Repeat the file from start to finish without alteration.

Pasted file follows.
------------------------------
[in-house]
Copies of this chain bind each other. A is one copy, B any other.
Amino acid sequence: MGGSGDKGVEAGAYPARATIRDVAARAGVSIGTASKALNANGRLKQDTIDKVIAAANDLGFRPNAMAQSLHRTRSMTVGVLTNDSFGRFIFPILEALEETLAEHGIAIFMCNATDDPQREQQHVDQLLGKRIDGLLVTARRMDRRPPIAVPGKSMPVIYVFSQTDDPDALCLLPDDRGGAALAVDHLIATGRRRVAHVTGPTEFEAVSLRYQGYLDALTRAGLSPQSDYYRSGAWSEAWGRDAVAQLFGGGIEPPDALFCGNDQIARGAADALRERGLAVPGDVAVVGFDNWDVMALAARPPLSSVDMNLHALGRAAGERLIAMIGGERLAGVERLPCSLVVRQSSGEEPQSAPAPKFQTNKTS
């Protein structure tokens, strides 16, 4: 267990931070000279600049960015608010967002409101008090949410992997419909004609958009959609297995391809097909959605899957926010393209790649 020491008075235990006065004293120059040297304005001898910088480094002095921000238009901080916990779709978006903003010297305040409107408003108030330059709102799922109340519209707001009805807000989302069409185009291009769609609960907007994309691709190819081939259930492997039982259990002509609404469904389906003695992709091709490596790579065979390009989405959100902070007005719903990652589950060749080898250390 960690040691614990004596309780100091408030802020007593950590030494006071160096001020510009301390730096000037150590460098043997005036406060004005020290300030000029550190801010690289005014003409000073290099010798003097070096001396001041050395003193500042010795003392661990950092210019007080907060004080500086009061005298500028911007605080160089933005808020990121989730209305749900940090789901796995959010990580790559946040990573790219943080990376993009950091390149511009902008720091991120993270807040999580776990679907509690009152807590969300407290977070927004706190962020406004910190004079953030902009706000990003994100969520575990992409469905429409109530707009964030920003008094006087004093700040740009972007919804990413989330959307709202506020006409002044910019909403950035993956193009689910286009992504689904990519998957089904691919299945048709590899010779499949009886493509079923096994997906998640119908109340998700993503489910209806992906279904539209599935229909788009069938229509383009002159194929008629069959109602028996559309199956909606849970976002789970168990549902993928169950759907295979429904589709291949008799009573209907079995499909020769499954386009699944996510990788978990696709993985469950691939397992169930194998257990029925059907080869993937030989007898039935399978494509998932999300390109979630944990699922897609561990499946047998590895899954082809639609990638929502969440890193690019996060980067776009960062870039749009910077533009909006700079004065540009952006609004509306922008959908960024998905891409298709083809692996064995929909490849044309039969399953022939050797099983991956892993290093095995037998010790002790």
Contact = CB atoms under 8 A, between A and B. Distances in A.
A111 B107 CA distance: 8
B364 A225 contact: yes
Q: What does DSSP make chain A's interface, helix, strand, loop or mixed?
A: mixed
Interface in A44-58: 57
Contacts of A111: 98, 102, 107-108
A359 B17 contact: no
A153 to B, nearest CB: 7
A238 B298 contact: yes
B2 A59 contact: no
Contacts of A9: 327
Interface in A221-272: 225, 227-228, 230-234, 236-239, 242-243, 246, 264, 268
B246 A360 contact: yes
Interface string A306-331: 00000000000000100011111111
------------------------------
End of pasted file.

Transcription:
[in-house]
Copies of this chain bind each other. A is one copy, B any other.
Amino acid sequence: MGGSGDKGVEAGAYPARATIRDVAARAGVSIGTASKALNANGRLKQDTIDKVIAAANDLGFRPNAMAQSLHRTRSMTVGVLTNDSFGRFIFPILEALEETLAEHGIAIFMCNATDDPQREQQHVDQLLGKRIDGLLVTARRMDRRPPIAVPGKSMPVIYVFSQTDDPDALCLLPDDRGGAALAVDHLIATGRRRVAHVTGPTEFEAVSLRYQGYLDALTRAGLSPQSDYYRSGAWSEAWGRDAVAQLFGGGIEPPDALFCGNDQIARGAADALRERGLAVPGDVAVVGFDNWDVMALAARPPLSSVDMNLHALGRAAGERLIAMIGGERLAGVERLPCSLVVRQSSGEEPQSAPAPKFQTNKTS
């Protein structure tokens, strides 16, 4: 267990931070000279600049960015608010967002409101008090949410992997419909004609958009959609297995391809097909959605899957926010393209790649 020491008075235990006065004293120059040297304005001898910088480094002095921000238009901080916990779709978006903003010297305040409107408003108030330059709102799922109340519209707001009805807000989302069409185009291009769609609960907007994309691709190819081939259930492997039982259990002509609404469904389906003695992709091709490596790579065979390009989405959100902070007005719903990652589950060749080898250390 960690040691614990004596309780100091408030802020007593950590030494006071160096001020510009301390730096000037150590460098043997005036406060004005020290300030000029550190801010690289005014003409000073290099010798003097070096001396001041050395003193500042010795003392661990950092210019007080907060004080500086009061005298500028911007605080160089933005808020990121989730209305749900940090789901796995959010990580790559946040990573790219943080990376993009950091390149511009902008720091991120993270807040999580776990679907509690009152807590969300407290977070927004706190962020406004910190004079953030902009706000990003994100969520575990992409469905429409109530707009964030920003008094006087004093700040740009972007919804990413989330959307709202506020006409002044910019909403950035993956193009689910286009992504689904990519998957089904691919299945048709590899010779499949009886493509079923096994997906998640119908109340998700993503489910209806992906279904539209599935229909788009069938229509383009002159194929008629069959109602028996559309199956909606849970976002789970168990549902993928169950759907295979429904589709291949008799009573209907079995499909020769499954386009699944996510990788978990696709993985469950691939397992169930194998257990029925059907080869993937030989007898039935399978494509998932999300390109979630944990699922897609561990499946047998590895899954082809639609990638929502969440890193690019996060980067776009960062870039749009910077533009909006700079004065540009952006609004509306922008959908960024998905891409298709083809692996064995929909490849044309039969399953022939050797099983991956892993290093095995037998010790002790």
Contact = CB atoms under 8 A, between A and B. Distances in A.
A111 B107 CA distance: 8
B364 A225 contact: yes
Q: What does DSSP make chain A's interface, helix, strand, loop or mixed?
A: mixed
Interface in A44-58: 57
Contacts of A111: 98, 102, 107-108
A359 B17 contact: no
A153 to B, nearest CB: 7
A238 B298 contact: yes
B2 A59 contact: no
Contacts of A9: 327
Interface in A221-272: 225, 227-228, 230-234, 236-239, 242-243, 246, 264, 268
B246 A360 contact: yes
Interface string A306-331: 00000000000000100011111111